If the Golden State Warriors had flown out of Oklahoma City on Wednesday night with a 14th tick of the season in the ‘Win’ column, maybe Kevin Durant could have shrugged off the inevitable questions about Russell Westbrook. But that didn’t happen.
We’re 19 games into Lonzo Ball’s NBA career, and everyone from the Lakers’ kit man to LaVar, of course, to Luke Walton to Stephen A. Smith to Newsweek to LeBron James to Homer Simpson has given a take on the Lakers’ rookie point guard. (N.B., the Lakers’ kit man’s views on Ball are unknown but it can only be a matter of time before LaVar drags his boys onto that show).
The 2017-18 regular season is still less than a quarter complete, as of Thursday afternoon. That’s far too early to start compiling any kind of M.V.P. list, right? Anything could happen between now and June, within reason that is. The Nets aren’t making the playoffs, for instance. The NBA’s league leaders through 18 games, though, look likely to stay there for the rest of the year, barring injury—either because they have been here before or due to sheer statistical dominance.
Muck Rack makes it simple to find people, tweets, or articles that mention any name, keyword, company, hashtag etc. We've compiled this guide to help you make the most of your search.
Selecting a term
Start searching tweets, articles from media outlets, articles mentioned in tweets, journalists'
names, titles and bios with some suggested searches:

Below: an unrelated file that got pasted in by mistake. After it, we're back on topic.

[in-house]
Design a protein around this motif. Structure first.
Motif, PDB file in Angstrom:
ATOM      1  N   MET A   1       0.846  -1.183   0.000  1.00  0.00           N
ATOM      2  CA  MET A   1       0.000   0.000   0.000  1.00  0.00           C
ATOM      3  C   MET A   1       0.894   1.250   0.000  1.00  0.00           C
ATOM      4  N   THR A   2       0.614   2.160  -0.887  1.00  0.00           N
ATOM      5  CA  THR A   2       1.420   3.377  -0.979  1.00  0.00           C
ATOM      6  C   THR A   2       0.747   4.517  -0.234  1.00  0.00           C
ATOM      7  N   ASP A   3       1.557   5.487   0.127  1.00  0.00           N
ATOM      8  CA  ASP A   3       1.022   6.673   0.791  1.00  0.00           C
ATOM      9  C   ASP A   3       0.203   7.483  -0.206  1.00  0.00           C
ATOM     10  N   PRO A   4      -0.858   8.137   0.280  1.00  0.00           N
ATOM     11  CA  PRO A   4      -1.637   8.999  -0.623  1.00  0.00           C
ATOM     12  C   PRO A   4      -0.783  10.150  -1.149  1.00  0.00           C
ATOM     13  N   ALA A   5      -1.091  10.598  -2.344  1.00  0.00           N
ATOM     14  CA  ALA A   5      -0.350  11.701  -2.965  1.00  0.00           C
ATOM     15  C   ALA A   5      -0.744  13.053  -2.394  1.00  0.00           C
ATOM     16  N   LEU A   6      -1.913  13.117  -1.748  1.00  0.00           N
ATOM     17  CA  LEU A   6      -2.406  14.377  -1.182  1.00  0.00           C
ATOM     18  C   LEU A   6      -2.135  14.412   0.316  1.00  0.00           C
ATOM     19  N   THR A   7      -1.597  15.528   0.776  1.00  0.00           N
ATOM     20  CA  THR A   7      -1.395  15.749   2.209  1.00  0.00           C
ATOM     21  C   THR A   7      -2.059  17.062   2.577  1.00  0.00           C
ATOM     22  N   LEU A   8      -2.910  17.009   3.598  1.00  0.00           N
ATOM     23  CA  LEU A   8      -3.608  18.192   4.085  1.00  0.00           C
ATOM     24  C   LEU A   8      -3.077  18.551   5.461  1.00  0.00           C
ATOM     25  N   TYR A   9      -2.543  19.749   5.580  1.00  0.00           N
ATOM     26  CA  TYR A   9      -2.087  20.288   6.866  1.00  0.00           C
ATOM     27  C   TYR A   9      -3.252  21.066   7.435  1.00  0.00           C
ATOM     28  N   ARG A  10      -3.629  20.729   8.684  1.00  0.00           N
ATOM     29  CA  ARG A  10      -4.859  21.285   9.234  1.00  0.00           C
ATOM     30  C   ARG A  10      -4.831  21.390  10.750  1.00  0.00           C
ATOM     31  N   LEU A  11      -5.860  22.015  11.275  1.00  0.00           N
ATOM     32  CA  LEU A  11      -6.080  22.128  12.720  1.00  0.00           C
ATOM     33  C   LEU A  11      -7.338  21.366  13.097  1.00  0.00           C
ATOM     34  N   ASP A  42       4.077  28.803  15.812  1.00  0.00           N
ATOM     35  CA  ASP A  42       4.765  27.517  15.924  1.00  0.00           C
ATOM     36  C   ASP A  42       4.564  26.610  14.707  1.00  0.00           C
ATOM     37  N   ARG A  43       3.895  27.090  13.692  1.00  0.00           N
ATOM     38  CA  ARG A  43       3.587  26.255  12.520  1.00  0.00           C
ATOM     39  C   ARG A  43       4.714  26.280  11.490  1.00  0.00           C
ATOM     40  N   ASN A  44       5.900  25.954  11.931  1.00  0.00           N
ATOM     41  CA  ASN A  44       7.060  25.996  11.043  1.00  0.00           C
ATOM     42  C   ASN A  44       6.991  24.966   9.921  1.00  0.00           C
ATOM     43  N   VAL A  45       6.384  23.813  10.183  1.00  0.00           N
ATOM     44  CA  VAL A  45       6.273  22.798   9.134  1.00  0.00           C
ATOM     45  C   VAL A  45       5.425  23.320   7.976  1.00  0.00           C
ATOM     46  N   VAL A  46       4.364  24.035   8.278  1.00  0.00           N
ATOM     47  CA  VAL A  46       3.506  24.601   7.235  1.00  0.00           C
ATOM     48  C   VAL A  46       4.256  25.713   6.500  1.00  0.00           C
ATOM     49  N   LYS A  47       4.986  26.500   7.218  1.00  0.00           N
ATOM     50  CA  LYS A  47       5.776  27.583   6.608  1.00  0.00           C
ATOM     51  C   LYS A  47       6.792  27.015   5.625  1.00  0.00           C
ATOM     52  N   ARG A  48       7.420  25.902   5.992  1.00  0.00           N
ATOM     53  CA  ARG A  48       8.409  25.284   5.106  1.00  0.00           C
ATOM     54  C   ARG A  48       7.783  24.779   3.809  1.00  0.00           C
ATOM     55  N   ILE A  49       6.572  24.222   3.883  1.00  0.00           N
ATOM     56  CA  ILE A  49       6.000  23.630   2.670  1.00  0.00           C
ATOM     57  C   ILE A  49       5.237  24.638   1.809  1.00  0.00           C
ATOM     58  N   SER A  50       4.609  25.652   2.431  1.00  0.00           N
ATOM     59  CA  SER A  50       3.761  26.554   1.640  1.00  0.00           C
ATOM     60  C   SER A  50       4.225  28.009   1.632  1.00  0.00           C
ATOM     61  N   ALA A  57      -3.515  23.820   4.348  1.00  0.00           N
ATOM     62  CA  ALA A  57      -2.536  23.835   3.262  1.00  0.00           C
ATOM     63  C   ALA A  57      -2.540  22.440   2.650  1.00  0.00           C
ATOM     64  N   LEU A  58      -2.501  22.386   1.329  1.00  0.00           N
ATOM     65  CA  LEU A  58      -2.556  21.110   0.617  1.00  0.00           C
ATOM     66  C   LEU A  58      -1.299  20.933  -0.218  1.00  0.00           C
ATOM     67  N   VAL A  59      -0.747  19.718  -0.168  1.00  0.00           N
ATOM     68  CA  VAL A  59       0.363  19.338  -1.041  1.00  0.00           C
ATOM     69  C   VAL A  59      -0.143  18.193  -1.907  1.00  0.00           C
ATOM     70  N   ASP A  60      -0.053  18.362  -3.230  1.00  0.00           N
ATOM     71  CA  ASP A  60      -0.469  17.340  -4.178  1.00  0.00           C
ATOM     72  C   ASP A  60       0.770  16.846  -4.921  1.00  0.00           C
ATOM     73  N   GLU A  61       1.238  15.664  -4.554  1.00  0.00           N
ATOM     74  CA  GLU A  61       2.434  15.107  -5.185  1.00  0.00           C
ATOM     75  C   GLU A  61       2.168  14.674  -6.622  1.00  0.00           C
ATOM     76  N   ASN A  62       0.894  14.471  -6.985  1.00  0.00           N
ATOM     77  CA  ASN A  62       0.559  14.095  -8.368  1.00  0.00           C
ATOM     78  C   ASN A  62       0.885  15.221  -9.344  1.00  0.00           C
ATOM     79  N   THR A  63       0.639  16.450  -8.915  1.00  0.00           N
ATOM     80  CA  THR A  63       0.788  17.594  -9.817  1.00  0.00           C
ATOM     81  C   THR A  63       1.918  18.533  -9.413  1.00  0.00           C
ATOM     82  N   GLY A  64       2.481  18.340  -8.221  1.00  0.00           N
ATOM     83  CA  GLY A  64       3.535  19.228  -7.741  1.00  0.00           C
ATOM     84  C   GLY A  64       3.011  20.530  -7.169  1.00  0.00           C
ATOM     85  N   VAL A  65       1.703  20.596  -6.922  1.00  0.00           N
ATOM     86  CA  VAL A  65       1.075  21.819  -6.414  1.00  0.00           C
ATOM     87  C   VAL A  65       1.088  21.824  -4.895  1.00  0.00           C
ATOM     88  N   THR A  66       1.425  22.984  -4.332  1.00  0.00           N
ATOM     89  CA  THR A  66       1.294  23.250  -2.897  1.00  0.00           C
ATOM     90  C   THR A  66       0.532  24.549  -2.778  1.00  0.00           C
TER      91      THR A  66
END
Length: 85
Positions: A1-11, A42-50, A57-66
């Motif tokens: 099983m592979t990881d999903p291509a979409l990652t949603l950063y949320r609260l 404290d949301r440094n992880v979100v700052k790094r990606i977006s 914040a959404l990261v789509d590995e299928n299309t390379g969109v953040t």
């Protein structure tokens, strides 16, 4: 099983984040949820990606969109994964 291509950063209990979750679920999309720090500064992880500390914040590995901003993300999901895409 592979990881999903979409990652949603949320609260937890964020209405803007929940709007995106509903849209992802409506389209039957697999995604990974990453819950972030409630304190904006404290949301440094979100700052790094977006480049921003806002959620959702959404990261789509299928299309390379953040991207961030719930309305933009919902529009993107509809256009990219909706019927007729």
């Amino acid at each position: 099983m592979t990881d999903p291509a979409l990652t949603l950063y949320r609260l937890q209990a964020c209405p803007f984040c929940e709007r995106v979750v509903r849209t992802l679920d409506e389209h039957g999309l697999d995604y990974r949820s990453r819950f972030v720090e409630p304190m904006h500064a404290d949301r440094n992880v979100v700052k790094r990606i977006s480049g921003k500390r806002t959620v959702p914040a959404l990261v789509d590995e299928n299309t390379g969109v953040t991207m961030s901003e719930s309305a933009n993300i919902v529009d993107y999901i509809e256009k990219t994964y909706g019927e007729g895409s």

Companies or Topics (e.g. iPhone, Microsoft)
Phrases (e.g. "cloud computing") — use quotes to keep the terms together
Twitter handles (e.g. @username) — returns those who have mentioned or replied to
Names (e.g. "David Pogue")
Hashtags (e.g. #sxsw, #london2012)
Bio details (e.g. vegan, Olympics, father)
Muck Rack's Advanced Search allows for many boolean operators.
Find results that mention multiple specified terms, use AND or
+. For example, ensure each result contains both Elon Musk and Mark Zuckerberg by
searching Musk AND Zuckerberg or Musk + Zuckerberg.
Use the operators OR or , to broaden your search when you'd like either of
multiple terms to appear in results. (This is the default behavior of our search when no operators
are used). For example, results will contain either cake or cookie by searching cake OR cookie or cake,cookie
Use NOT or - to subtract results from your search. For
example, searching Disney will yield results about the Walt Disney Company as well as Walt Disney
World Resort. To exclude mentions of Disney World, search for Disney -World or Disney
When using one of these operators with a phrase, enclose it in quotation marks. For example, you can
find results about smartphones excluding Apple's iPhone 4S by searching smartphone -"iPhone
Exact case matching or punctuation
If you're searching for a brand name or keyword that relies on specific punctuation marks or capitalization, you can
find results that match your exact query by adding matchcase: before the keyword you're searching for, like matchcase:E*TRADE .
Use parentheses to separate multiple
boolean phrases. For example, to find journalists talking about having fun in Disney World or
Disneyland, search for ("disney world" OR disneyland) AND fun.
An asterisk can be used to search for any variation of a root word truncated by the asterisk. For example, searching for admin* will return results for administrator, administration, administer, administered, etc.
A near operator is an AND operator where you can control the distance between the words. You can vary the distance the near operation uses by adding a forward slash and number (between 0-99) such as strawberries NEAR/10 "whipped cream", which means the strawberries must exist within 10 words of "whipped cream".